'But...' added a distressed sounding Samuel.

'What is it love?' said a concerned Anne.

'I thought I saw the woods' said Samuel gravely.

'And strange lights too...over yonder' added Samuel, pointing in the general direction of the eastern limits of their property.

'How do you mean 'strange' Samuel?' said a clearly concerned Anne.

' was too bright to be lanterns of any kind...and it wasn't lightning...from the storm'

'It looked a big...pair of eyes!'

A scratching noise on the back door now. Faint but clearly audible above the cacophony of the storm. Like a dog pawing to come in.

Anne looked reluctant to act on what she had just heard but Samuel's inquisitive nature got the better of him and he moved swiftly to open the door, tentatively at first, to reveal...a very bedraggled...Edith Middlemain!

'Scared!' was all that a disheveled and boggle-eyed Edith could manage in a barely audible, far away and somewhat detached voice...and she wasn't the only one thought Samuel.

At the sight of poor Edith, Anne rallied round to fetch a blanket and cloth from upstairs and quickly set about drying and warming up her new charge.

She soon made Edith comfortable in their best armchair and the old lady was asleep in an instant, despite the continuing maelstrom outside.

Although the wind had died down a notch or two since Edith's arrival, the rain continued to lash down. Oh! And the thunder (if it really was thunder?) continued to roar like a caged lion. It was a truly petrifying sound. One that kept Samuel on his toes. For he wasn't sure about the storm rampaging outside his house...threatening his livelihood and his family...not sure at all!

The strange lightning too continued to puzzle Samuel.

'It wasn't natural', thought Samuel...'It just wasn't natural!

Samuel had witnessed many electrical storms in his life and he knew well how they normally panned out.

This storm was different. For a start, it had been going on far too long. Regular thunderstorms would have petered out by now. And then there was the growling 'thunder', peculiar 'lightning' and strange lights that looked like eyes.

Samuel's internal pondering was shattered by an almighty 'thud'...a sound that reverberated all through the little cottage...and seemed to originate from the back of the house.

'What the hell was that?' quizzed a terrified Anne, whose face was still as pale as a ghost.

Samuel made to go in the direction of the back door but he was stopped from doing so by his worried wife.

'No Samuel...not this stay here with us!' she demanded

But before Samuel had time to think further about the situation, they were both turned to stone by what happened next.

Through the back window they both saw the beast. A huge bulk of a thing. As tall as two cottages stood one on top of the other. And it was marauding around their back yard!

As it did so, its enormous irregular-shaped body clumsily knocked down the huge pile of crates they'd amassed to take the milk to market...turning them to matchwood in a trice.

It must have sensed Samuel and Anne watching it because it immediately stopped rummaging around turn its attention on the contents of the cottage!

It was like the double beam of a lighthouse that struck their darkened little abode. So bright was the luminosity from the beast's huge discoid eyes that Samuel and Anne had to hold their hands up to their own eyes in order to shade them.

Looking straight at them, the beast emitted a blood-curdling, deafening roar from a mouth that was disproportionately smaller than the rest of its features.

And, taking just one giant step, it moved menacingly nearer to the cottage. The very ground on which Samuel and Anne stood quaking as it did so.

'Hold my hand, Anne' pleaded Samuel, fearing the worst and beginning to utter the first line of the Lord's Prayer under his breath.

His wife gently took his offered hand. Her hand was noticeably colder than his and he gave it a little reassuring squeeze, which she reciprocated.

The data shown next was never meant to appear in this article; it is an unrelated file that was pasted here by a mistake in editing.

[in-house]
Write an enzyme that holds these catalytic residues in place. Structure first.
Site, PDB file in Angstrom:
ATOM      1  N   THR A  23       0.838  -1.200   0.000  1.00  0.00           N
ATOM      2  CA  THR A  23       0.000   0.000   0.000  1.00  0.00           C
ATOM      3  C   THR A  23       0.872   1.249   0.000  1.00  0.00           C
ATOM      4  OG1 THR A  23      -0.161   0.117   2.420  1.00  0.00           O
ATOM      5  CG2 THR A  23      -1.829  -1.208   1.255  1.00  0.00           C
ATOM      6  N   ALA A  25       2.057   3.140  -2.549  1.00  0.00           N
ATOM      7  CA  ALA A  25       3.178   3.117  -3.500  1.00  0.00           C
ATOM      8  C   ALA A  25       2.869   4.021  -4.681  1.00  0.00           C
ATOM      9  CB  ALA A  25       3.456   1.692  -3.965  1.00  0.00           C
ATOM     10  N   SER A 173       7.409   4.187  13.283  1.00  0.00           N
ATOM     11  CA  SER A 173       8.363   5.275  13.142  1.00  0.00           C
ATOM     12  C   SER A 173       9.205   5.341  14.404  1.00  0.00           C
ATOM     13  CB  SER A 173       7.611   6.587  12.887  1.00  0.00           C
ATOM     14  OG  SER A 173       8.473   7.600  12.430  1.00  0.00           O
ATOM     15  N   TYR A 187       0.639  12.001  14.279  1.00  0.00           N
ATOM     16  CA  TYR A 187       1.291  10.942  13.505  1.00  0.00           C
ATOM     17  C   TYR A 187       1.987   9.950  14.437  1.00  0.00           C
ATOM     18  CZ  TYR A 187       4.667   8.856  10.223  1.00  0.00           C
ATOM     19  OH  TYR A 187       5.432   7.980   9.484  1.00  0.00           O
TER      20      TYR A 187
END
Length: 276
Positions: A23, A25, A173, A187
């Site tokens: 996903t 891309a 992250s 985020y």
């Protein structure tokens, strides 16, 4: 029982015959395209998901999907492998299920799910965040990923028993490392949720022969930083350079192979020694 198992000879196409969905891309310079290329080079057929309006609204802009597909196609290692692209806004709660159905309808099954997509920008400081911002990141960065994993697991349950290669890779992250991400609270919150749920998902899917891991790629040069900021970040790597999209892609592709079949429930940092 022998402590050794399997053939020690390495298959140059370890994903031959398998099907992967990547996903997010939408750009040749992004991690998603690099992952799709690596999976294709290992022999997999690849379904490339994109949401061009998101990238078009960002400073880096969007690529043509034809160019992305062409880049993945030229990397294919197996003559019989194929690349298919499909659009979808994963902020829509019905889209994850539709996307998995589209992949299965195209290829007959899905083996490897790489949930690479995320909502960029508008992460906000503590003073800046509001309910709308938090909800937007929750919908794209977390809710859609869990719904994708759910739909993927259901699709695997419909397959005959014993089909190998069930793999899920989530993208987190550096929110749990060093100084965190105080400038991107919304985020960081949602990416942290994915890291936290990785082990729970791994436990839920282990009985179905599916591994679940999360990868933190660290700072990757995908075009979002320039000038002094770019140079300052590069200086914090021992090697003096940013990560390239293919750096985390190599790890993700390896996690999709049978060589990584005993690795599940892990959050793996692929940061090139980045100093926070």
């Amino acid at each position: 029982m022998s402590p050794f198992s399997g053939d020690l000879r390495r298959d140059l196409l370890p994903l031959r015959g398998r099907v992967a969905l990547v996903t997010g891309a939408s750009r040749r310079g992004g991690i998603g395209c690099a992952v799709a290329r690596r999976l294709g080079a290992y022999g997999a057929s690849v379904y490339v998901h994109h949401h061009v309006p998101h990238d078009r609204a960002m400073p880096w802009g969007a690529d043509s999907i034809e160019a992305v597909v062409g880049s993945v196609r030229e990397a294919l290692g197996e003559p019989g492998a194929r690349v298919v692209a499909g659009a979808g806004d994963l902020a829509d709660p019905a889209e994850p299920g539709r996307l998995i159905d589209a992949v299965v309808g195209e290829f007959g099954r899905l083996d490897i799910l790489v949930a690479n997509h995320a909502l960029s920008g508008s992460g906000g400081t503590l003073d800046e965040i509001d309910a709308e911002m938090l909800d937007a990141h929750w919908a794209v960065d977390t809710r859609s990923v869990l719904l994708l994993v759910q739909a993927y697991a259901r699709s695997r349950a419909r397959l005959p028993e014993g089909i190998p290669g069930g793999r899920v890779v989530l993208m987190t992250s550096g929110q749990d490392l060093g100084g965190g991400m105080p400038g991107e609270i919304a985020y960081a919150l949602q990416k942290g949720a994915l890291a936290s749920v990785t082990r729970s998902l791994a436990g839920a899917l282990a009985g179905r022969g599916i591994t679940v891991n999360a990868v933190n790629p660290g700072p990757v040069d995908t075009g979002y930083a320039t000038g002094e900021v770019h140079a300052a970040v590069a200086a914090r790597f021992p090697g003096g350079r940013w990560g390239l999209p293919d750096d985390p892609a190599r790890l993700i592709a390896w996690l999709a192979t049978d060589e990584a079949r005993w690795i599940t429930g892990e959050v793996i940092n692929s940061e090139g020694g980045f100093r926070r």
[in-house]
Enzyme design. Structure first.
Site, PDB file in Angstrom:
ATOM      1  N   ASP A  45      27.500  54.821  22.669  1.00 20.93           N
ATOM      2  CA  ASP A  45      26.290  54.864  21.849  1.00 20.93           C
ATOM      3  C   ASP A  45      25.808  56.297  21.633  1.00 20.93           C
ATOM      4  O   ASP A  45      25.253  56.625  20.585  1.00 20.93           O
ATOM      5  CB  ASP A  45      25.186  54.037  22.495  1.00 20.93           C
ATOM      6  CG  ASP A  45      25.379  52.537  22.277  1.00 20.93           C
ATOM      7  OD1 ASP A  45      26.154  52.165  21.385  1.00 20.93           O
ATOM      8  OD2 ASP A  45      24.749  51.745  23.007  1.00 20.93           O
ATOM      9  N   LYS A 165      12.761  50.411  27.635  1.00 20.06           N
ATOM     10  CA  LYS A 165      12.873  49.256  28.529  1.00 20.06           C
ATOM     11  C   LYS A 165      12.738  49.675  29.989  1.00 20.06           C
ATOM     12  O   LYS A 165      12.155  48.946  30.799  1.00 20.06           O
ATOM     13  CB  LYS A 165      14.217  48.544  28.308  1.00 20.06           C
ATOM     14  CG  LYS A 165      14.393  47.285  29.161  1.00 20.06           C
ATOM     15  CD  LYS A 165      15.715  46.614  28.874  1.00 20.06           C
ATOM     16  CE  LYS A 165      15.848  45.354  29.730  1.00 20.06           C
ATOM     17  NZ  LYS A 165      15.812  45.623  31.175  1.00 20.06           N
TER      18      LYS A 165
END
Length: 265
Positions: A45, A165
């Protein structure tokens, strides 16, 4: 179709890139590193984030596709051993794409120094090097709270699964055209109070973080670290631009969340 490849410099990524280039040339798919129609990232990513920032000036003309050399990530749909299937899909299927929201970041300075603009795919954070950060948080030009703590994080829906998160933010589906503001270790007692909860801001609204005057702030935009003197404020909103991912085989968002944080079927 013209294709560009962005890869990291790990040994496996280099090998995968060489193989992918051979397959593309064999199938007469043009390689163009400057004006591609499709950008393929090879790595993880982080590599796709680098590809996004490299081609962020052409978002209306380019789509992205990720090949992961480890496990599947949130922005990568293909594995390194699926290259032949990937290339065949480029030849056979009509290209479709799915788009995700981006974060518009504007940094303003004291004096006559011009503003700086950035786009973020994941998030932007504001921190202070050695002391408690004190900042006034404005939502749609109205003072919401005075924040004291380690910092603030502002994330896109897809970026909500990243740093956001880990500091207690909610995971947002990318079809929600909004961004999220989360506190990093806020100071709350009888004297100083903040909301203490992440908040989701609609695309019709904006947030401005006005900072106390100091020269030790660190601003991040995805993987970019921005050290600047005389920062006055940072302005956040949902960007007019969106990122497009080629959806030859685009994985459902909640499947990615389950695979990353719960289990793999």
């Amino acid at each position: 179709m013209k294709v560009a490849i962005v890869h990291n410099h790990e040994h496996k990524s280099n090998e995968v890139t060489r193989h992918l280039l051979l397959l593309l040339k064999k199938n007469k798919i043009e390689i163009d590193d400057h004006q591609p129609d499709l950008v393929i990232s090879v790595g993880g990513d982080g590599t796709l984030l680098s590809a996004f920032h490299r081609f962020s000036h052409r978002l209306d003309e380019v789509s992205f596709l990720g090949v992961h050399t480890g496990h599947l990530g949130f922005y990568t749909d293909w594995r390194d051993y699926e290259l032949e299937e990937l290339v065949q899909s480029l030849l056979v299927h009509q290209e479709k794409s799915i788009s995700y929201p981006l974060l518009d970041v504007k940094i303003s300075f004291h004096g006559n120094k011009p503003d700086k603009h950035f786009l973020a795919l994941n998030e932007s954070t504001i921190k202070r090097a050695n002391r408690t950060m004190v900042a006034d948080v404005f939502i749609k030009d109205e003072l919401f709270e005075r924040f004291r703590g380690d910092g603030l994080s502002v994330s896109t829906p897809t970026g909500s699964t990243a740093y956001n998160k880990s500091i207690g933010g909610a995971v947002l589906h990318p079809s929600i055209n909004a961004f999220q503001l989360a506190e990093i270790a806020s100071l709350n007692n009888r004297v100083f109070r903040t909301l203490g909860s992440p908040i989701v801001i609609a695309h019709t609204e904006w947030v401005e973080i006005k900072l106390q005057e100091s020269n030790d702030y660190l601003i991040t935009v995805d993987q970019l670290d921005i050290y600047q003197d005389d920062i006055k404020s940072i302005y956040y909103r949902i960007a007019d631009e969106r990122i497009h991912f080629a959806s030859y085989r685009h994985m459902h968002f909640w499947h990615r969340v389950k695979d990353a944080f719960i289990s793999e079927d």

Samuel and Anne stood motionless for a moment...silhouettes against the supernatural light shining in through their back windows...waiting for their brief lives to be extinguished by this creature from hell outside their home. The home they'd built together. The home that had seen the birth of their beautiful baby daughter. The home in which they were now all about to die!

A huge electrical crackle of lightning overhead welcomingly interrupted Samuel and Anne's immediate thoughts of their imminent demise at the hands of this monstrous ogre from who knows where.

All they could do was watch on in utter amazement as a bolt of shimmering white electricity tore through the jet black sky to strike the cherry tree in their back yard. The old tree going up in a sheet of flame as the thunderbolt struck home.

Then...silence. Nothing at all.

The rain had stopped. The wind had ceased. And the thunder and lightning had at long last gone away. The storm had blown itself out. The storm was over!

But where was the beast? They had both seen it with their own eyes. Where was it now?

What seemed like an hour, but was probably only 10 minutes or so, passed without any further sight or sound of the creature.

Samuel, still holding Anne's hand, ventured over to the back door and ushered his wife away to go and sit down. He was going outside to take a look around!

Five minutes later, Samuel returned with something akin to a smile on his weather-beaten face.

'It's gone,'s gone!...back to where it belongs'

Nobody really knew what walked the earth that night of the storm.

Other people had heard things too. Other people had seen things. Like the snow-white bolt of lightning that rocketed out of a perfectly clear and star-jewelled area of the heavens to bring the storm to its conclusion. And what could only be described as massive footprints were found in the boggier part of the woods. Things like that, that couldn't easily be explained away.

Samuel and Anne had an idea what it was and they, along with Amelia, went to church in Darford every Sunday to pray that it never came back.

Old Edith Middlemain knew though. She had heard tales about its kind before...long before Samuel and Anne were born. She had seen and heard things too. Things that had made her leave her home and go out into the storm in a state of blind terror to seek help. And she would never forget that night to her dying day.

But most of all, she knew, deep down, that the beast would come back again...when its return was least stormy night!

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6 Apr, 2017